A.S. conceived the project. A.S., M.L., K.Helin and E.R.H. designed the experiments and supervised the project. A.S., A.M., J.M.G. and R.Blanshard carried out the experiments. A.S., M.L., J.V.J. and R.Borup analysed and interpreted the data, and performed the bioinformatics and statistical analyses. C.Y.A. provided the human oocyte samples. J.A.D. designed all μChIP-Seq experiments and supervised A.M. who performed them. C.Y.A., K.Hansen, A.K. and J.A.D. discussed the data, and provided critical input and supervision. A.S., M.L., J.A.D., K.Helin and E.R.H. wrote the manuscript. All authors read and approved the final manuscript.

Corresponding authors

Correspondence to Aditya Sankar or John Arne Dahl or Kristian Helin or Eva R. Hoffmann.

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The authors declare no competing interests.

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Extended data

Extended Data Fig. 1 Extended characterization of the role of KDM4A in oocytes and preimplantation embryos.

a, Structure of KDM4A/B/C/D with corresponding catalytic JmjC domain(s) and H3K4me3 binding double Tudor domain(s) shown. b, FPKM table of KDM4A/B/C/D expression in P7, P10, P14, 8 weeks and MII oocytes as well as in post-fertilization zygote and 2-cell embryos from published sources. c, Representative images of metaphase chromosome spreads from two independent Kdm4a+/+ and Kdm4a−/− MII oocytes with DNA counterstained using DAPI. Spreads were performed on ten MII oocytes derived from three independent donor females (Scale bar: 10 µm). d, Flattened Z-stack images of three independent Kdm4a+/− control and Kdm4a−/−(MZ) preimplantation embryos from three independent mice per genotype. All embryos were imaged in a single session. Micronuclei are highlighted with red arrows (Scale bar: 10 µm). Statistical source data are provided in source data Extended Data fig. 1. Source data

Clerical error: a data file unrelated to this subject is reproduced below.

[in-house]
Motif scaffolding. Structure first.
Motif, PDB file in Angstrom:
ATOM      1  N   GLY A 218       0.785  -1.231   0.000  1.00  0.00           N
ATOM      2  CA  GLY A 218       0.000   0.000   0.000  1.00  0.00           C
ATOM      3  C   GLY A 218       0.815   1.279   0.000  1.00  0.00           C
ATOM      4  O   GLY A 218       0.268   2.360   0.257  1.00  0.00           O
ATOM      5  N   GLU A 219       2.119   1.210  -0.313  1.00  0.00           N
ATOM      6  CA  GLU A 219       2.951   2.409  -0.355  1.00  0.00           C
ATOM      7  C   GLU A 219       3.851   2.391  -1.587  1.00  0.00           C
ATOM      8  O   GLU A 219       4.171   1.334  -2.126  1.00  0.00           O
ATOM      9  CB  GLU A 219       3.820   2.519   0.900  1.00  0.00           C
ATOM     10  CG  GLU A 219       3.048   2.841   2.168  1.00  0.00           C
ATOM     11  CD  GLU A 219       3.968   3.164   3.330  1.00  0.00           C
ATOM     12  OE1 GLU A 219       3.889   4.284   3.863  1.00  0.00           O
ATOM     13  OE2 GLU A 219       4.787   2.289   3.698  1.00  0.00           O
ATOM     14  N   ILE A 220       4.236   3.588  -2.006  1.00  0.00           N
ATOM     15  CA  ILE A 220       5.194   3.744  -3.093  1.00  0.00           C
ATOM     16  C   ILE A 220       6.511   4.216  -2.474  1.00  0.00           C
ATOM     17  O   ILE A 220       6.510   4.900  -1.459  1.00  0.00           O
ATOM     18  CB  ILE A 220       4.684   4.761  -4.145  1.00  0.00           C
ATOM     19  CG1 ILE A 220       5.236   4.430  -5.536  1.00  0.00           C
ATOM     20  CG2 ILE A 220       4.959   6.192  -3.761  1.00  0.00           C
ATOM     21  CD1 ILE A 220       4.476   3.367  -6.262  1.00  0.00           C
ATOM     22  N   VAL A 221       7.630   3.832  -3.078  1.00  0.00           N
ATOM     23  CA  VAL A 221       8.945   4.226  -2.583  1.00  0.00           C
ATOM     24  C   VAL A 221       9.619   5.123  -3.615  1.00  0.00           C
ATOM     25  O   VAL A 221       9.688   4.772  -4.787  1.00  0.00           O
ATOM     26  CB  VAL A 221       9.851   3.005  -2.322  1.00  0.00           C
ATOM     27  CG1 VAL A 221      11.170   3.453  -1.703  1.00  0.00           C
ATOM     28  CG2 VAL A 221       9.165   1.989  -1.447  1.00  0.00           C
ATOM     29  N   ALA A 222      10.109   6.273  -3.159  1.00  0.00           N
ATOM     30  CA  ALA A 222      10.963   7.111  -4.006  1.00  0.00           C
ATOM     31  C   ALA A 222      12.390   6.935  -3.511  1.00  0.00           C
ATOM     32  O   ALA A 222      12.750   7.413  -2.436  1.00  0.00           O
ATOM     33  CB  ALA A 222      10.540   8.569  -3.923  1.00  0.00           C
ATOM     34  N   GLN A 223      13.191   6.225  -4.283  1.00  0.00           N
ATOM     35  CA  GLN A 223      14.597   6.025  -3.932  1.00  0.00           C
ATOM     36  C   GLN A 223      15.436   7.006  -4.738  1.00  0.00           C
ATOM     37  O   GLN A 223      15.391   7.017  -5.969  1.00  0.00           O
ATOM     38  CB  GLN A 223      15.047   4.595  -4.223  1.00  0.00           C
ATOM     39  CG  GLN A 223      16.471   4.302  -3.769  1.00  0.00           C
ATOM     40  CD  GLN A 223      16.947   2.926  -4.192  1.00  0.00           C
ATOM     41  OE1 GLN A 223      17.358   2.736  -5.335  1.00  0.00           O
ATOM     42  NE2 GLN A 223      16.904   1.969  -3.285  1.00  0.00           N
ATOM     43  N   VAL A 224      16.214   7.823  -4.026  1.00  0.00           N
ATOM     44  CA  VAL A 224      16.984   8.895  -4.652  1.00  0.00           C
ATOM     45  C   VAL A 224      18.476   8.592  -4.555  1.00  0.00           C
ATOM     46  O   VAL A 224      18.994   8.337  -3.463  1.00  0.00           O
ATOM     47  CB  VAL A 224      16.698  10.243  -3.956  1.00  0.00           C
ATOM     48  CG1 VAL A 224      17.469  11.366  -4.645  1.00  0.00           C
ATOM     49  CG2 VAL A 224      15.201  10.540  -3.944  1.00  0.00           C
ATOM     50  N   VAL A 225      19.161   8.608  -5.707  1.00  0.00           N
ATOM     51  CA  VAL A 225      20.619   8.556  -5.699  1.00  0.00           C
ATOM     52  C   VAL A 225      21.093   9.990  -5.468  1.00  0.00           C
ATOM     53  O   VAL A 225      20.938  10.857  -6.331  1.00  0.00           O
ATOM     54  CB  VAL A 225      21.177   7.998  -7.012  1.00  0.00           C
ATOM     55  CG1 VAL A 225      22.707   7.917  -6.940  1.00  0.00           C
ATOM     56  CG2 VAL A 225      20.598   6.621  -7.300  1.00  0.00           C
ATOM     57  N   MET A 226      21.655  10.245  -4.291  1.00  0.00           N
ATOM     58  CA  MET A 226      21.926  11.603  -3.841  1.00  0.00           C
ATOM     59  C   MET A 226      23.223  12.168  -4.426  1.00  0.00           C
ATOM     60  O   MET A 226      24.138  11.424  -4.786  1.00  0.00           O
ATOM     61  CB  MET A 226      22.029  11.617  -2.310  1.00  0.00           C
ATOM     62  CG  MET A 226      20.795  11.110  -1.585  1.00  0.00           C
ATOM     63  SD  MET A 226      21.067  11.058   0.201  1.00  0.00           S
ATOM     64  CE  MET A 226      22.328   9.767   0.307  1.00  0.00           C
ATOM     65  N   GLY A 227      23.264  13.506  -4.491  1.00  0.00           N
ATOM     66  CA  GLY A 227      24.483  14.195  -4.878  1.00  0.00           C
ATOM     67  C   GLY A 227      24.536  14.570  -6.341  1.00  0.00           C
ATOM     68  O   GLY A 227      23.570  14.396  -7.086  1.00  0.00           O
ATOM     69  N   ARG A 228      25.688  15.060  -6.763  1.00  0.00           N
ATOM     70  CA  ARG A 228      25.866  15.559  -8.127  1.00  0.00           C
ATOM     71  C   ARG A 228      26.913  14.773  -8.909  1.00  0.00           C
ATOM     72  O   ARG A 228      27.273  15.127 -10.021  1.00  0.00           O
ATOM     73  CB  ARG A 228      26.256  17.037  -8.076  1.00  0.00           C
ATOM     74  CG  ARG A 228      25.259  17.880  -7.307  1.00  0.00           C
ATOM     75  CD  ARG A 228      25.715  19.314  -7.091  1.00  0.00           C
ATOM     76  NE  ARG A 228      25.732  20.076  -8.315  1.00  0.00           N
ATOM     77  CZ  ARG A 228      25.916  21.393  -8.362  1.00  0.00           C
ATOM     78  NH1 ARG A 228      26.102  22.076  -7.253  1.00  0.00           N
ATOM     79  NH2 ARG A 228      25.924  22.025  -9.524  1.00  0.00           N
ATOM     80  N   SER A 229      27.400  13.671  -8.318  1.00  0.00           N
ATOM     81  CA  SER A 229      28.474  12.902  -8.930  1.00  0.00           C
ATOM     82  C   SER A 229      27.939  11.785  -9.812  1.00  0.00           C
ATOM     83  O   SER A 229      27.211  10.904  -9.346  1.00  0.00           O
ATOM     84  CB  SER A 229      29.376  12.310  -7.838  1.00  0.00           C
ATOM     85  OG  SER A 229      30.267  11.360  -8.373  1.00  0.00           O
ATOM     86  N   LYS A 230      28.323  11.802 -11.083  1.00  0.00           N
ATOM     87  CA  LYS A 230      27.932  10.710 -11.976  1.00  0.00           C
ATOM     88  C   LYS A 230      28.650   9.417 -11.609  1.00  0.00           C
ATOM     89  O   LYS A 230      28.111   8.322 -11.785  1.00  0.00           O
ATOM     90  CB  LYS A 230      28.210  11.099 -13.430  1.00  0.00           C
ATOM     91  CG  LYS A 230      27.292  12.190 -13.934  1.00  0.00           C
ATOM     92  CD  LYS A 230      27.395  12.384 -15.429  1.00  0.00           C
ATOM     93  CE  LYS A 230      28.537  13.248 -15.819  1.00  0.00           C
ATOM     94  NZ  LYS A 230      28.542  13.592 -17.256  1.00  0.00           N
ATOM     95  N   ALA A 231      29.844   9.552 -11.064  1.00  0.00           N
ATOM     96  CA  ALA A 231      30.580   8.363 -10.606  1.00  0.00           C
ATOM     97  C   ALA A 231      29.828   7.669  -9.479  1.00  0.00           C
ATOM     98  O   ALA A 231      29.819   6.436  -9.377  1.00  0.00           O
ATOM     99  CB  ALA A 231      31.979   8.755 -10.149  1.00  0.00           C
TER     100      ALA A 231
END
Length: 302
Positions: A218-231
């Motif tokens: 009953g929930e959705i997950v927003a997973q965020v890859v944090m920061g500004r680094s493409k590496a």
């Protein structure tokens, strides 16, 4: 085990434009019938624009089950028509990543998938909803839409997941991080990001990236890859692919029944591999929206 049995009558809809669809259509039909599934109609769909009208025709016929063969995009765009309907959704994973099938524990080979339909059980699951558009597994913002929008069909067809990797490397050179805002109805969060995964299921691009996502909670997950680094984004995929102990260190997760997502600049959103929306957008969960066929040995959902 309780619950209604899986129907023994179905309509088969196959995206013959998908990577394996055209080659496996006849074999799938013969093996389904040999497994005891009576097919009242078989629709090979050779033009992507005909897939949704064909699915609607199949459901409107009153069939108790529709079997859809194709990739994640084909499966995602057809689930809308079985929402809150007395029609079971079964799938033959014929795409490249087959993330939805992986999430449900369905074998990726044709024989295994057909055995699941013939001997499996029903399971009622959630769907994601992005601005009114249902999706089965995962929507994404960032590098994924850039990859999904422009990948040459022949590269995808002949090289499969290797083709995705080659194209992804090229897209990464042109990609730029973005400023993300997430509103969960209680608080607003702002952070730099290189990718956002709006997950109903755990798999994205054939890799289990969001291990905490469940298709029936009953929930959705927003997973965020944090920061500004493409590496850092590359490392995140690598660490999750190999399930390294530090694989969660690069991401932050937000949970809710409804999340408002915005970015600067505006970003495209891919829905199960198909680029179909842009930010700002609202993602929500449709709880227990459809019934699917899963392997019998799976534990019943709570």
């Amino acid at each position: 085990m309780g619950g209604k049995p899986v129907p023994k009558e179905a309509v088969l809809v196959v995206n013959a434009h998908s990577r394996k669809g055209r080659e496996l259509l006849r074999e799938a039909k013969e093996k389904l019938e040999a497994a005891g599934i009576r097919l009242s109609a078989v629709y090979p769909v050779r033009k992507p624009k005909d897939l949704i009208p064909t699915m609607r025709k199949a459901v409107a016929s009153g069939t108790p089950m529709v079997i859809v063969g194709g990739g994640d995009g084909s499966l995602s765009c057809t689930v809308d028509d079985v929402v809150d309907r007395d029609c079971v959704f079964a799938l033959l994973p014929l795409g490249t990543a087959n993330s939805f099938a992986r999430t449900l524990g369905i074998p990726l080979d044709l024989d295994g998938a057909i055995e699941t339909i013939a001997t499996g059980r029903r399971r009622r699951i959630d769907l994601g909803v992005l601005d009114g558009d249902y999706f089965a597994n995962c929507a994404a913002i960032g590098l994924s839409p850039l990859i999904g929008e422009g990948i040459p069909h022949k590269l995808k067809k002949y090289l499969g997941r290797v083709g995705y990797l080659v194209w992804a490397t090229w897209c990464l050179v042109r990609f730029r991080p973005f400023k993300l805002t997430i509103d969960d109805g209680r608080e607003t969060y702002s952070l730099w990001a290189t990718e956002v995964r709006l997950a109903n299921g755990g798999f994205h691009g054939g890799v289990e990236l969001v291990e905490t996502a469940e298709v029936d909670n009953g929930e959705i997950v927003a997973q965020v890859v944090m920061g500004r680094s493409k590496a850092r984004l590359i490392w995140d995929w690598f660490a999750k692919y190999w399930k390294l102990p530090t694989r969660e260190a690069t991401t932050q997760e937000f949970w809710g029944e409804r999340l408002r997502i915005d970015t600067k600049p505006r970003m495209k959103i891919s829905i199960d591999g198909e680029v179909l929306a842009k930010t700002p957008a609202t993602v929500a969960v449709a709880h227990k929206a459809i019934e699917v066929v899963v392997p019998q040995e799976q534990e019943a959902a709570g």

Extended Data Fig. 2 Increased maternal H3K9me3 in KDM4A MZ mutant zygotes.

a, Immunofluorescence imaging of H3K9me3 in maternal pronuclei of from Kdm4a+/− and Kdm4a−/−(MZ) zygotes. Representative additional mid-section Z-stack images from the same batch of zygotes as in Fig. 2a. DNA is counterstained using DAPI. All images are of a maternal pronuclei mid-section shown for comparison (Scale bar: 10 µm).